You can take your electronic car keys to Walmart’s jewelry department, and they will replace the battery for no cost above the price of the new battery.

They don’t sell the little jeweler’s screwdrivers that open and close the key.

Thursday, March 23, 2017

Join us for a Free Screening of the Film, Racing to Zero, April 3, 2017

The next film in The Elements: An Annual Environment Film SeriesRacing to Zero, will be shown on April 3, 2017, at Middlesex Community College Founders Hall Pavilion (map, directions and public transportation information). The screening will begin at 7 pm, but we invite people to come at 6:30 pm for BYO dinner and conversation. As always, the film is free of charge and open to the public.  
Racing To Zero is about San Francisco’s efforts to achieve zero waste by 2020. As indicated on the film's website, this quick-moving, upbeat documentary presents new solutions to the global problem of waste. By substituting the word RESOURCE for the word GARBAGE, a culture can be transformed, and a new wealth of industries can emerge. Three years ago the mayor of San Francisco pledged to achieve zero waste by 2020. Racing To Zero tracks the City’s waste stream diversion tactics and presents innovative new solutions to waste...documenting a surprising, engaging and inspiring race to zero.

We welcome everyone to stay after the film for an informal post-film discussion led by Kim O'Rourke, Middletown's Recycling Coordinator.  

We hope you can join us! Please phone our office at 860-346-3282 for more information.
The Elements: An Annual Environmental Film Series was begun in 2015 by the Connecticut River Coastal Conservation District, Middlesex Community College Environmental Science Program, The Rockfall Foundation, and Wesleyan University's Center for the Arts and College of the Environment. Racing to Zero is the ninth film in the series. Previous films include: Elemental, Watershed, Dirt! The Movie, Chasing Ice, The End of the Line, The True Cost, Dukale's Dream, Xmas Without China, and Merchants of Doubt.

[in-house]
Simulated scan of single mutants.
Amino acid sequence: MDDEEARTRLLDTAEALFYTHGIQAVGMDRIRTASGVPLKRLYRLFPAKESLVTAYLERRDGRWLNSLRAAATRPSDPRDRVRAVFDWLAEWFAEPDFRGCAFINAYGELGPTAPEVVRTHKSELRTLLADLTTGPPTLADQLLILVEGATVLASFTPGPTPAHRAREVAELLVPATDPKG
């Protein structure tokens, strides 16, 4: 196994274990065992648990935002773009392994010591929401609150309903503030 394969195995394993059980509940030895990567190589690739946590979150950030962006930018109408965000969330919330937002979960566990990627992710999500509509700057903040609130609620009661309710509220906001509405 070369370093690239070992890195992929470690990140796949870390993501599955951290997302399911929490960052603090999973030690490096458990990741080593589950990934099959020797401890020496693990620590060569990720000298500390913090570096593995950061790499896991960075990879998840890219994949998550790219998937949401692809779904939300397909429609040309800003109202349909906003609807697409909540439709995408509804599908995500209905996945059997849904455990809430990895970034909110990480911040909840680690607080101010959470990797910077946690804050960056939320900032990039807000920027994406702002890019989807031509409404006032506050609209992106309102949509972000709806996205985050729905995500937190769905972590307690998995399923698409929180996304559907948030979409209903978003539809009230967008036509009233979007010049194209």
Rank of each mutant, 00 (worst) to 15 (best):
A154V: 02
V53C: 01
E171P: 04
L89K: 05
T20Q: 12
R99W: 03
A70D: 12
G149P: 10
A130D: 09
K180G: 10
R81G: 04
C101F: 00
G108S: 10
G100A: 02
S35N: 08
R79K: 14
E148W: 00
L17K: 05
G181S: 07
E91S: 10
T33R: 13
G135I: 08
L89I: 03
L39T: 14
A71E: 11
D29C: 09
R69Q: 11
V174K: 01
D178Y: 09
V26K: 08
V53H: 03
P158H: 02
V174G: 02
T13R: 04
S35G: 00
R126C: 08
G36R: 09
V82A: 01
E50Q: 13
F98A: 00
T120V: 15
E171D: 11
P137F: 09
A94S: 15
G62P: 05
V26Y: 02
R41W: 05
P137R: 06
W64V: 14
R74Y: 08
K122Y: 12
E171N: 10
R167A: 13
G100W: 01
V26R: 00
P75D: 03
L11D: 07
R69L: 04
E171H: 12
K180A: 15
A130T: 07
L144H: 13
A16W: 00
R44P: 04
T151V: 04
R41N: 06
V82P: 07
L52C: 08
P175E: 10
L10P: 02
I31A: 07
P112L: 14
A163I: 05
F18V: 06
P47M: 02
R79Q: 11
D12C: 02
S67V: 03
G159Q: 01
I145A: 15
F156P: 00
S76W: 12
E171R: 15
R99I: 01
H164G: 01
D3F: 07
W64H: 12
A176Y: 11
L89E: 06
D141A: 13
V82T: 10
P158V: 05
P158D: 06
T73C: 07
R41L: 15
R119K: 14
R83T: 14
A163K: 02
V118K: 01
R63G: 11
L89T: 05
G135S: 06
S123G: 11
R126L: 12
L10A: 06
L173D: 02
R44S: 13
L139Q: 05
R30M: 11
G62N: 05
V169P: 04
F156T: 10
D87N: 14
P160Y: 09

First Church In Middletown, Open and Affirming

Decisive Moment, Henri Cartier-Bresson, Paris, 1932.

First Church in Middletown
190 Court Street
Middletown, CT

Taking the Leap

ARE YOU LOOKING for a church home? a meaningful Sunday morning experience? another way to serve God and your community? First Church in Middletown is a soulful and creative community with links to many state and local organizations and community service and volunteer groups.

Our Sunday services are a blend of tradition and innovation, with Rev. Julia Burkey leading worship and shepherding First Church into its 350th year, informed by 21st-century ideals and outlook. Participation in community services, special music—bell choir and choral singing, on-site childcare, Sunday School, weekly youth gatherings, and occasional retreat and camping experiences are just some of our ongoing programs.

We hope you will reflect on quality of life and community and consider coming to one of our services for a little Sunday morning boost—a fresh look at ancient traditions, a breath of fresh air. Coffee hour and second hour discussion feature timely topics.

First Church in Middletown is at 190 Court Street; there is plenty of free parking nearby. For additional information about First Church services or programs, call the church’s office manager at 860-346-6657.

Tuesday, March 21, 2017

Cat Tales ~ Cat of the Week ~ Moses!!

Cat Tales ~ Cat of the Week 




Color:Grey Tabby

Age:5 years old